Interpreting Middle East Economic News and Analyzing Market Trends

Islamic Banking in Libya: putting the cart before the horse

Even before the fall of Gadhafi, Libyan rebels were busy launching a central bank.  Never before in the history of revolutions have rebels setup a central bank before gaining control of the government.  This is strange enough in its own right and brings up many questions, but that’s another story.

 

One of the first items on the agenda for Libya’s new government was to convert all banks in the country into Islamic banks.  The main problem with this decision is that the government failed to come up with Islamic bankinh regulations before putting this law forward.  Now banks are stuck in limbo trying to figure out their way through this.

 

The General National Congress chose to ban non-Islamic banking outright in response to “the desires of the street and pressures,” he said, adding the law doesn’t apply to institutions.

The debacle adds to Libya’s fitful transition since the end of the armed conflict that ended Muammar Qaddafi’s rule in 2011. Authorities are struggling to rein in the militias and root out radical Islamists from the oil-producing east. A timetable for the democratic transition has been largely abandoned while the May 5 passage of a bill to purge senior Qaddafi-era officials from office threatens more delays.

Unhappy Citizens

While the 200-member GNC didn’t order banks to stop giving out loans, banning interest left lenders scrambling to find Shariah-compliant alternatives, Fathi Agoub, adviser to the governor, said. “We understand the feelings, needs and situation of the citizens who aren’t happy with these procedures,” he said.

At a Tripoli branch of Gumhouria Bank, the country’s biggest, manager Miloud Taher throws his arms up in despair.

“Customers are angry; they come every day to ask when they will be able to get loans and prepayments to solve their problems,” Taher said. The bank offers Islamic car loans, which some customers use “because as soon as they buy the car they sell it new in order to get money,” he said.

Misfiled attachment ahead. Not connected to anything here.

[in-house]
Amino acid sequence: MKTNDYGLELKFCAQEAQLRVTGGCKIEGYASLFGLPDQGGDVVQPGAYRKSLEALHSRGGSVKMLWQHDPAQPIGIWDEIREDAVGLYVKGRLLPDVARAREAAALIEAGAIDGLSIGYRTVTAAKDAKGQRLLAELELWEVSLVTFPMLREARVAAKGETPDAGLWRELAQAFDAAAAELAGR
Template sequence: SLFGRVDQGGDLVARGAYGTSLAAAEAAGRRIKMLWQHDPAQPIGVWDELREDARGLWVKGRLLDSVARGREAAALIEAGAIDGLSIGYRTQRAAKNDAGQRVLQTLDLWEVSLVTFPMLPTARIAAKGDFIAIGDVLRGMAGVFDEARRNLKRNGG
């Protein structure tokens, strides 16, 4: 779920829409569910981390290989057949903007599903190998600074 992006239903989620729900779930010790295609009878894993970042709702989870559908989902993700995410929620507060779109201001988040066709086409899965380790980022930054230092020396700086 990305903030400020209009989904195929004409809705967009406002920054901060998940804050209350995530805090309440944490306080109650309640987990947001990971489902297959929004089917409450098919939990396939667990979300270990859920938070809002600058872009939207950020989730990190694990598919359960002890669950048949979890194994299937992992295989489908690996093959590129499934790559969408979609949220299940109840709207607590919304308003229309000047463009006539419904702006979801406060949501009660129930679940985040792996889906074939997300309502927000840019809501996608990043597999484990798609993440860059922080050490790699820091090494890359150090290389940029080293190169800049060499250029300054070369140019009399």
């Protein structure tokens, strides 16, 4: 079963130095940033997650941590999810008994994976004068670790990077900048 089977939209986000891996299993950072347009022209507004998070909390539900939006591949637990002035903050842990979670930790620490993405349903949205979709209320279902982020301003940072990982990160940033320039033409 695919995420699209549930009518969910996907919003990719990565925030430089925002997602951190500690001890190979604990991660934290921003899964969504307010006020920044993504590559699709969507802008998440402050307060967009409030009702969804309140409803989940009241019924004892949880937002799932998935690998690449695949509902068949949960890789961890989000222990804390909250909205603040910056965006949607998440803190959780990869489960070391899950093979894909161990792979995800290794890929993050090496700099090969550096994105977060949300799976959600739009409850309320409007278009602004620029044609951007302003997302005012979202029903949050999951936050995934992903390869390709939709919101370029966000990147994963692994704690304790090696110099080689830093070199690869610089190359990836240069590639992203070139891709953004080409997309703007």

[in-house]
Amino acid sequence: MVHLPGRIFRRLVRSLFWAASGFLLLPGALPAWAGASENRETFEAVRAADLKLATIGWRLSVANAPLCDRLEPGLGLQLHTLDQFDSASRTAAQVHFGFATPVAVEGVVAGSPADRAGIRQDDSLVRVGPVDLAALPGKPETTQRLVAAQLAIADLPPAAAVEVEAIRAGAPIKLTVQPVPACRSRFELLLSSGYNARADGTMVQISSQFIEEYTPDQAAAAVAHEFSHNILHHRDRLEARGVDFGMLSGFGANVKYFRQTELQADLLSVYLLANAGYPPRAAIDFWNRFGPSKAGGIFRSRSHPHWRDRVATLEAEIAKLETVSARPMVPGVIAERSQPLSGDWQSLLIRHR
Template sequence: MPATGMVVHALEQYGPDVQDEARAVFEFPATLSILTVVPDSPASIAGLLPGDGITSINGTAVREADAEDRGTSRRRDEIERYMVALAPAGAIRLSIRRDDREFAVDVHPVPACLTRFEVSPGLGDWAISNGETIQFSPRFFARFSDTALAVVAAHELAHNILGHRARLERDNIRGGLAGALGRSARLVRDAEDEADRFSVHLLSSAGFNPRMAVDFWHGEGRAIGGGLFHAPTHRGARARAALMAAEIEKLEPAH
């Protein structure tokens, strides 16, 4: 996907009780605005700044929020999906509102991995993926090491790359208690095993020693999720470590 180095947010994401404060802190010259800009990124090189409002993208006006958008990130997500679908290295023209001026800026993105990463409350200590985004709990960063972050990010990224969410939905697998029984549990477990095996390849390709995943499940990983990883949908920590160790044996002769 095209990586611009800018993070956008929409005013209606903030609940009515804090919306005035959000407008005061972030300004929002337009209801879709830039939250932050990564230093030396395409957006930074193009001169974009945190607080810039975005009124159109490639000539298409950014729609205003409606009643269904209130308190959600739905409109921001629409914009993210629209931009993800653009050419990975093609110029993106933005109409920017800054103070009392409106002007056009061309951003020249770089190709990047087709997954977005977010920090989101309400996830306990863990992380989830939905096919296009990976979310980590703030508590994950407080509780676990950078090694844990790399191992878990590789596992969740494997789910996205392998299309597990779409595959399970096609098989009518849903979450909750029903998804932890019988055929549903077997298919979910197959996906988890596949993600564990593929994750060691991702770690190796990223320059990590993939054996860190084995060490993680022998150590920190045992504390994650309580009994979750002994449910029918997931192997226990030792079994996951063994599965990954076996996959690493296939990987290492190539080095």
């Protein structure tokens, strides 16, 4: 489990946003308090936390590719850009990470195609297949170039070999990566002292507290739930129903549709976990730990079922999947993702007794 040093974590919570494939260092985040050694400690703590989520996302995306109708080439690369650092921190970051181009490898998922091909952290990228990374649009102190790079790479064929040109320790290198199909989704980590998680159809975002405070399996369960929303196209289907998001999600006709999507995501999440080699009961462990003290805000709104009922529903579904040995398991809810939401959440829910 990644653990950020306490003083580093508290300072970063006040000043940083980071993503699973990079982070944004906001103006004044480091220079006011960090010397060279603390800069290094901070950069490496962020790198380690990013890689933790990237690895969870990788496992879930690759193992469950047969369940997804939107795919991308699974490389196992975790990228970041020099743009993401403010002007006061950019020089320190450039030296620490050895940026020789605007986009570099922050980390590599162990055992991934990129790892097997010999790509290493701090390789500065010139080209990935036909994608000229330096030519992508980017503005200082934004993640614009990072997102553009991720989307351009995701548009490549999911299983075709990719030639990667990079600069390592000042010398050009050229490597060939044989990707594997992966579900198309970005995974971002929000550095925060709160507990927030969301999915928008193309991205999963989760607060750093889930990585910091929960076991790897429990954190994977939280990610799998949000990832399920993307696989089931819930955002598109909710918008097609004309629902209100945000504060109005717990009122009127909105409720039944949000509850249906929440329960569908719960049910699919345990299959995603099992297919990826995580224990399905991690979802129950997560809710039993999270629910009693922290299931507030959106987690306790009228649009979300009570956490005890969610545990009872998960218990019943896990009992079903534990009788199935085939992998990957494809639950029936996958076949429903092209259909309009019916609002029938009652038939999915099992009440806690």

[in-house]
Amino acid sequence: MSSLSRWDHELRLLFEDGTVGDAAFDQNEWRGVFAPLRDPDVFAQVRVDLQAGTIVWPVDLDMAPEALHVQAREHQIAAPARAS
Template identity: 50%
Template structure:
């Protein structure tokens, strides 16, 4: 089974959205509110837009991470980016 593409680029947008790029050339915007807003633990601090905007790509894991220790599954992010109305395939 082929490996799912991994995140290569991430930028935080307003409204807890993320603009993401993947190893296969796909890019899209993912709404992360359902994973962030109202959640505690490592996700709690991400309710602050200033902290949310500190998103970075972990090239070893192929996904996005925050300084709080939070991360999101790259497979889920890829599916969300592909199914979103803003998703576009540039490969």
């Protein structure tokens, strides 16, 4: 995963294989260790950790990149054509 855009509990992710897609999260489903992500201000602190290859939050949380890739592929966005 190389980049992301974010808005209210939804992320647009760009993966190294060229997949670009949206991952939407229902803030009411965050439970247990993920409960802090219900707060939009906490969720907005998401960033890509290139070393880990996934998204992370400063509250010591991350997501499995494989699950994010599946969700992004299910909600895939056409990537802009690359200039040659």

Gumhouria had assets of $6.46 billion and 142 branches before the 2011 uprising. Standing inside the branch, mother-of-two Khadija, a school teacher, said she’s been trying for two months to get a loan to finance her daughter’s wedding. “I need financial support from the bank,” she said, declining to give her full name. “It used to be very easy to get a loan and it only took a few days.”

Lives ‘Paralyzed’

Taher said he doesn’t believe banks can hold off giving out personal loans and overdrafts for as long as two years. “The lives of people are paralyzed,” he said. “That is why we urge the congress and the Central Bank to find ways to help customers to get loans and make prepayment more easier.”

The process “probably has to be reviewed and restructured to allow the system, infrastructure and resources to match the challenge,” said Raza of the Islamic Finance Advisory & Assurance Services. “Islamic banking is a priority, but probably they have bigger priorities as well, so I’m not sure if enough thought was possibly given to this challenge.

In the meantime, the central bank plans to award about three licenses for domestic Islamic banks, Elkaber said. The minimum capital requirement is 250 million Libyan dinars ($196 million), according to Ali Shambesh, director of statistics and planning department at the central bank.

Read the full story from Bloomberg.

 

Having Islamic banks operate in Libya will be a win for consumers, but banning interest and expecting banks for find their way around is absurd.  What’s even more difficult to understand is since setting up a central bank was a priority before the Gadhafi government fell, then why now is it not a priority to establish new banking regulations?